EPISODE 167PART TWO: THE VICTOR POPPA STORYalan skeochOct. 2019This is Part 2 of the Victor Poppa storyYou will either like Part Two or wonder why you are reading it. After the raids on Hambergand the solo flight to the submarine pens at St. Lazar, Victor’s crew had a layoveras they lost two pilots one due to illness and one shot down on a training missionover German territory. Wellington bombers were being replaced by larger four enginedHalifax and Lancaster aircraft which meant the crew had to be retrained. This took many monthswhich gave Victor and his new mid upper gunner, George Freeman planty of timefor romancing as many girls as possible. Some descriptions of their sexual activityare quite humorous.But Victor knew the full horrors of air warfare. Air crews were expected to make20 missions. Survival was unlikely since the acceptable loss on eachair raid was 5%. Twenty missions at a 5% loss rate meant that there wasa 100% expectation that air crews would be shot down or get into mid air collisionsor fail to land at Base because crippled or be forced to ditch in the North Seawhere it only took 3 minutes for hypothermia to kill. Victor knew all this andoccasionally in the following journal he makes a comment such as “a goodfriend was lost”. Most of the time Victor was cheerful. George (Hank) Freemanand Victor Poppa drank an immense amount of beer as they searched pubsand dancehalls for women and girls willing to roll around in haystack nests.Te air force provided condoms free for the taking. Two reasons for this.One, the fear of general Disease spreading. Two, the fear that airmenwith V.D. would be to sick to fly and thereby weaken the impact of BomberCommand on German civilian life.A news clipping Victor attached to his journal/.diaryrefers to the Hamburg raids which killed between 35,000and 45,000 people. Plans to do follow up raids on asmall bayonet factory which was surrounded by hospitalsfilled with Hamburg survivors bothered Victor. The hospitalraid was cancelled.
The nature of the bombing changed as the mid point of World War IIarrived. Initially the targets were military and industrial installations.Then the bombing targets became civilian. The leaders of BomberCommon, principally Bomber Harris, nicknamed by his own air crews,‘Butcher Harris’. Bomb loads always carried incendiaries to setGerman cities on fire. One highly placed British officer wondered ifwhole cities could be set afire since many German cities had historicancient wooden beam construction. (see 17the century image ofLeipzig…lots of wooden buildings preserved and admired)“Could we set these cities onfire? Could we create a firestorm that would wipe out working classneighbourhoods and thereby reduce German ability to produce theweapons of war? The answer was decidedly ‘Yes” as was provenin July 1943 when the City of Hamberg was set alight in three devastatingair raids. Victor was the tail gunner on a Wellington bomber for theseraids. He could see Hamberg burning on the horizon days afterthe first raid. He must have known the death rate was Horrific. Actually43,200 civilian were incinerated. Many died in air raid shelters…sufficedas the oxygen was sucked out to feed the firestorm. A firestorm sopowerful that it set the asphalt streets on fire. The superheated windsblew people to their deaths as if they were fallen leaves in winter wind.If you can look beyond Victor’s womanizing you will no doubt feel thesense of foreboding. There is a feeling of inevitability about Victor’sjournal/diary. No escape. Not quite no escape but a very tiny chancethat Victor will be able to survive his 20 missions. Who couldpredict that his survival happened because his aircraft, HX 313,was shot down, a fiery coffin plummeting to earth with Victor, the tailgunner trapped inside. But that story will come in Part 3 of the VictorPoppa story and this is only Part 2.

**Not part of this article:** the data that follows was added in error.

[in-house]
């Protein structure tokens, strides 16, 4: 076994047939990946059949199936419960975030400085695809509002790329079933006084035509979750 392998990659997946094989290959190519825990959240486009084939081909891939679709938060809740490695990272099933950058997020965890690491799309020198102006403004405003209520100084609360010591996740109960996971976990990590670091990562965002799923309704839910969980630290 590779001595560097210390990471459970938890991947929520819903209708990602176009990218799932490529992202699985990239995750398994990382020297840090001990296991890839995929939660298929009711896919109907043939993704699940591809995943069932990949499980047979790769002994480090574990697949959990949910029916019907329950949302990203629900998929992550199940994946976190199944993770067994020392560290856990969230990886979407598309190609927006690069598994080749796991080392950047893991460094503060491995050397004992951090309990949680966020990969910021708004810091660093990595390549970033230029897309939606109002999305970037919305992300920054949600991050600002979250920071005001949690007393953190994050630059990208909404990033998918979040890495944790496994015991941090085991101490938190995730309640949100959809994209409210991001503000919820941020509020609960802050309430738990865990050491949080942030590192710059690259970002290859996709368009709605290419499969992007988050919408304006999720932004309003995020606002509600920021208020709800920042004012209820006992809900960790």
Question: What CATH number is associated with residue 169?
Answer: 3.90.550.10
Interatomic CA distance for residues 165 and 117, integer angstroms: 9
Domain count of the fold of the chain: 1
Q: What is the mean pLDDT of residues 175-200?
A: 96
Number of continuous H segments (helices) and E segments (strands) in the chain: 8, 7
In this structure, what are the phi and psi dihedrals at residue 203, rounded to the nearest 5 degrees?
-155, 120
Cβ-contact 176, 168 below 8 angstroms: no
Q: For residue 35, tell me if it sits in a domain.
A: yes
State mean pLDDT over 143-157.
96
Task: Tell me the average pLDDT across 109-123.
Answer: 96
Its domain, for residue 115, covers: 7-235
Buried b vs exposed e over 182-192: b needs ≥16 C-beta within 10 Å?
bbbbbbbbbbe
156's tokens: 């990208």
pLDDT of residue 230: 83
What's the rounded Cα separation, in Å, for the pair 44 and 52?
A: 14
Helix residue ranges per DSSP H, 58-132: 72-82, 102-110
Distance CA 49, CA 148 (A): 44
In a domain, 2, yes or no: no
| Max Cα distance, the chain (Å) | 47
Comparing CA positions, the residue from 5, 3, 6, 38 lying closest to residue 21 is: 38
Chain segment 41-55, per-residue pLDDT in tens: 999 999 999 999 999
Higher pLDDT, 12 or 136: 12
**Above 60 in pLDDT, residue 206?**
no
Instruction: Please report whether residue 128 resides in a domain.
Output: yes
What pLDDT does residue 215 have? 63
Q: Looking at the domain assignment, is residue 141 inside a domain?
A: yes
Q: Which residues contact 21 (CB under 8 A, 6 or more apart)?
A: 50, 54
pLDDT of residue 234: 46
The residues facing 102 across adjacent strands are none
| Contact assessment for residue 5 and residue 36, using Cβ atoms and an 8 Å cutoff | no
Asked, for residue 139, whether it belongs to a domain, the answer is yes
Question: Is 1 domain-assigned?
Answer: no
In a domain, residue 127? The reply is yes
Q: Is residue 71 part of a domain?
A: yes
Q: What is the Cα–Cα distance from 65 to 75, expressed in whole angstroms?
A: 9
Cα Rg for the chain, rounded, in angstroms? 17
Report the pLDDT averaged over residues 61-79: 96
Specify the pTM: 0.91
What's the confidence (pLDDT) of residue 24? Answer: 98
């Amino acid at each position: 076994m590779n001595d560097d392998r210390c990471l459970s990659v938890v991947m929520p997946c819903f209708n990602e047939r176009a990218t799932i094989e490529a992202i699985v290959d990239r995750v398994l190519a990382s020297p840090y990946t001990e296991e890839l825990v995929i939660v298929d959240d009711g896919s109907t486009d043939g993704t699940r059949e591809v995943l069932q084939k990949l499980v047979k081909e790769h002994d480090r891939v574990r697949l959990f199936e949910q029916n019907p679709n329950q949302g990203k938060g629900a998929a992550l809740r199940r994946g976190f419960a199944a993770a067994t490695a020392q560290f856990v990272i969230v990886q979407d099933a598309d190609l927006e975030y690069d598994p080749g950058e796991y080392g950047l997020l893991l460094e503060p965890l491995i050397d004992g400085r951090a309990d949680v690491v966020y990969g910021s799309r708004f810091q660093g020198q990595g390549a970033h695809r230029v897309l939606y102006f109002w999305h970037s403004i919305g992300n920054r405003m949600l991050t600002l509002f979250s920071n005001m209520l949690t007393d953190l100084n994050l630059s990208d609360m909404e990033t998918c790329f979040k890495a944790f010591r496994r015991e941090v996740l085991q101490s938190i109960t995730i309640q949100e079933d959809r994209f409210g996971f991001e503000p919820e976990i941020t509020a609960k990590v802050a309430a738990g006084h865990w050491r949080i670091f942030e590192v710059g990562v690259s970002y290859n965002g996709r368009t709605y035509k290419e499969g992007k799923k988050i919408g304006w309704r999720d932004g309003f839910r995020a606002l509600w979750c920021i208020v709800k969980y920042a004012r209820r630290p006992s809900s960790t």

THE SEXUAL ADVENTURES OF VICTOR POPPA
Victor liked women. Actually he loved them and loved them bythe dozen. Sometimes in amusing situations…three in bed on oneoccasion, love making in the grass of a London road median in another.In a hay stack well used by other airmen including my cousin in another.Here is a list I made just from Part 2 of the Victor Poppa story.Let me make the list more personal by using Victor’s words.“Alan, I kept notes and can list the names of all the girls wemet and romanced….nearly all I mean.”“What do you mean by ‘we’?”“Your cousin Hank…George Freeman to you…was with meon many of these sexual exploits.”“How many?”“Well between August 1943 and February 1944 we had a goodtime withKay, Pat, Edna, Mary, Anne, Vera, Mary, Ruby, Murial,Betty,Marg, Lily , Nancy, Rhoda, Wendy (size44), Nancy, Marg,Queenie, Laura, Doreen, Joan, and Norma.”“How do you remember all these girls?”“I kept notes.”“Did you feel no guilt?”“No, I loved every one of them…respected them too.”“Sounds like exploitation.”“Our couplings were alway mutual…willing In oher wods.”“Hard for me to believe.”“You just had to be there to understand…since you were notthere you will probably have trouble believing my journal. Therewas nothing done in a nasty way. I loved those girls…still doin my mind…making love on a highway median makes me smilejust thinking about it.””“ALL OF THEM?“Alan, there are some whose names I did not record as youwill see if you read my journal…I wrote all this for you…reallyfor Hank who was my best friend”